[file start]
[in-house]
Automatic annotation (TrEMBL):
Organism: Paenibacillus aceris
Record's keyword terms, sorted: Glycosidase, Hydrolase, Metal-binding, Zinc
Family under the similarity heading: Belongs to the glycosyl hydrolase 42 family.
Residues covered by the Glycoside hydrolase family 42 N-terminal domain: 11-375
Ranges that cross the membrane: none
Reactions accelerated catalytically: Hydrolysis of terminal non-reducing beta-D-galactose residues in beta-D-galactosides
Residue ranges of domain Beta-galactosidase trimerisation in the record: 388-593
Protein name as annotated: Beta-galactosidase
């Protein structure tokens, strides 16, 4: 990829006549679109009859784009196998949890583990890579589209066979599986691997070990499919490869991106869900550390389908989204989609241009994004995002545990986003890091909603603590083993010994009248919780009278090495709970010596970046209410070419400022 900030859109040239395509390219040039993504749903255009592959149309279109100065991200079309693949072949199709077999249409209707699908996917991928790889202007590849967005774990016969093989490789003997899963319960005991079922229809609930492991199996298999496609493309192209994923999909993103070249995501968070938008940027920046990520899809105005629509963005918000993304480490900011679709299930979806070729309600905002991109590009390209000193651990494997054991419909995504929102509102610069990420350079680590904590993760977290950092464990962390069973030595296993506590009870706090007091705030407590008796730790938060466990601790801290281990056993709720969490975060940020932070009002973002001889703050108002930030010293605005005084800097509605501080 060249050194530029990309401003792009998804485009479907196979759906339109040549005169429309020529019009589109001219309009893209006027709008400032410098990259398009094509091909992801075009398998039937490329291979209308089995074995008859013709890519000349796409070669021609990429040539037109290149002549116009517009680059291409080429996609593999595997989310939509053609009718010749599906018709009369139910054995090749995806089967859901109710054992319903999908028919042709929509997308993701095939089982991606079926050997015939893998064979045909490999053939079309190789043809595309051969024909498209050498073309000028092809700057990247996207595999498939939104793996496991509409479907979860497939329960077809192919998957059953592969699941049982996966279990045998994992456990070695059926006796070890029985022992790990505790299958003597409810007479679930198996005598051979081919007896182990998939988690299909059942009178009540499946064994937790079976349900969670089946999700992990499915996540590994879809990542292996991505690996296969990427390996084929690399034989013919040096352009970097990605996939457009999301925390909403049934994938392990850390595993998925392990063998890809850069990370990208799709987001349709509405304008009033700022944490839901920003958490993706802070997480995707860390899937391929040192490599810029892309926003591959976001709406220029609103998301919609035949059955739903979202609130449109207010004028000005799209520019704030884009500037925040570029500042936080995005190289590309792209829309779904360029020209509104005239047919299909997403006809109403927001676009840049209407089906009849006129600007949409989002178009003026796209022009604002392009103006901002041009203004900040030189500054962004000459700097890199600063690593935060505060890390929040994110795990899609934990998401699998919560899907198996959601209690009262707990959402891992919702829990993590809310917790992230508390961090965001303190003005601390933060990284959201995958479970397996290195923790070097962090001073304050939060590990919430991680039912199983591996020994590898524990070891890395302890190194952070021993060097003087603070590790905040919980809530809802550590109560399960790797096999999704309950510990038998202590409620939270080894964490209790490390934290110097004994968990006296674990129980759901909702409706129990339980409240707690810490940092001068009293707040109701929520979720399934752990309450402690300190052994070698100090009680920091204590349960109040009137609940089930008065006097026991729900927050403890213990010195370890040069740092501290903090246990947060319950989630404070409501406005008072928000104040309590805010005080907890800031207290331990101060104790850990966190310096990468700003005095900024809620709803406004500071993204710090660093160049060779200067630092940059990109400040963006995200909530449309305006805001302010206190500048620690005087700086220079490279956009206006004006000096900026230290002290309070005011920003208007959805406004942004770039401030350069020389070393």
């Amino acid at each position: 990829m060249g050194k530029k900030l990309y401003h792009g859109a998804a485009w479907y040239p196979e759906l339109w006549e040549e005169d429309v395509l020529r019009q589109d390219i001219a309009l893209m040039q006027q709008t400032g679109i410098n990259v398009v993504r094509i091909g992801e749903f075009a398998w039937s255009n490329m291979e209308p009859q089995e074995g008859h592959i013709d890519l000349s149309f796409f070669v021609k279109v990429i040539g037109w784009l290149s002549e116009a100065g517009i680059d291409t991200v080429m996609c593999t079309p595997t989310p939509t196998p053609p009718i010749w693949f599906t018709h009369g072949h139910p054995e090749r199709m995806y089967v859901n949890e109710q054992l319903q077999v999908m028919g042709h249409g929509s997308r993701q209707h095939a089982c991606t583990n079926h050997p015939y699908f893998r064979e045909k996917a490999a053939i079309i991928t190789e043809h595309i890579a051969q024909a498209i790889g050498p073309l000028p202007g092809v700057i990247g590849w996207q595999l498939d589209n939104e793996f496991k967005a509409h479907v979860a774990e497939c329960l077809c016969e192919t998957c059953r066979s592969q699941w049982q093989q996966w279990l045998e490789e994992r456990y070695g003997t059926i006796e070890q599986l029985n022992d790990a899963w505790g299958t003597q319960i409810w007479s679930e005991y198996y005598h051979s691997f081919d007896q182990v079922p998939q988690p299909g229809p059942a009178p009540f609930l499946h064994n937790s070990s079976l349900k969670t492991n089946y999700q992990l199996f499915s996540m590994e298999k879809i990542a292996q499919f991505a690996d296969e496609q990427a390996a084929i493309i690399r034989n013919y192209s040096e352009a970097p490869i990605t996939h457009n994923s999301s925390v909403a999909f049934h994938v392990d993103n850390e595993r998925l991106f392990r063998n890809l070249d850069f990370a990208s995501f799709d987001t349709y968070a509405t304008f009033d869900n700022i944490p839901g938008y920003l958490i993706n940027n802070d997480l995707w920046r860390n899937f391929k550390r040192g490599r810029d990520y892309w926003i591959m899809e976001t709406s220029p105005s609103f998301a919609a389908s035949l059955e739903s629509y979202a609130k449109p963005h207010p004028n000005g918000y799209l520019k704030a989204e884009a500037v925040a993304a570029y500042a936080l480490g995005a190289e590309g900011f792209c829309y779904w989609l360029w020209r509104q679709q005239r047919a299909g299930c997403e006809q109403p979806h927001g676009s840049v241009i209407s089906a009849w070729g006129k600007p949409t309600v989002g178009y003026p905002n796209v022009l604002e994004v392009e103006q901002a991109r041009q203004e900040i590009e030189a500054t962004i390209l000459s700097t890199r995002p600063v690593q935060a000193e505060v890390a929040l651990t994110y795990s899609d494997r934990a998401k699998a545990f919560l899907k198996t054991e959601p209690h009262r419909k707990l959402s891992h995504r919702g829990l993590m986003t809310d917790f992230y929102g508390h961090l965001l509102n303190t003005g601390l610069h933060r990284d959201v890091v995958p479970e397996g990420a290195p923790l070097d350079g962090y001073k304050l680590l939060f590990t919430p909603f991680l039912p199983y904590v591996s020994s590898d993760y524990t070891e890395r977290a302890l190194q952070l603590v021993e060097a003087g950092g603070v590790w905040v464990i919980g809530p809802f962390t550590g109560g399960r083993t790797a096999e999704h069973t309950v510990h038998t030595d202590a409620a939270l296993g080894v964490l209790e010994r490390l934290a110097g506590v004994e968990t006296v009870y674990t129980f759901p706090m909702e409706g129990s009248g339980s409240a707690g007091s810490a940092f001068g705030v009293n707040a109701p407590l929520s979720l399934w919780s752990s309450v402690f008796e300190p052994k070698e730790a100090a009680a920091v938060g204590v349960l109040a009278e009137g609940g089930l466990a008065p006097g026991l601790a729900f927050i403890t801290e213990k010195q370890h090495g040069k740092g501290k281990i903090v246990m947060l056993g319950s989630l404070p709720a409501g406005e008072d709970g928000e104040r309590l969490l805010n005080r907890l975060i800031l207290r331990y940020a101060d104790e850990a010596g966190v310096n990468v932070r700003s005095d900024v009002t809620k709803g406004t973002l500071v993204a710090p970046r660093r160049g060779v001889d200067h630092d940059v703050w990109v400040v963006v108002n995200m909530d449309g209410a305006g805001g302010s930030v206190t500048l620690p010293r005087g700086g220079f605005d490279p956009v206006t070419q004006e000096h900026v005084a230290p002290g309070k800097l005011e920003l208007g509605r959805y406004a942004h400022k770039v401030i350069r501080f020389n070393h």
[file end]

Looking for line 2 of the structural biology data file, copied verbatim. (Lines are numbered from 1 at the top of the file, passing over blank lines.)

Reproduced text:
Automatic annotation (TrEMBL):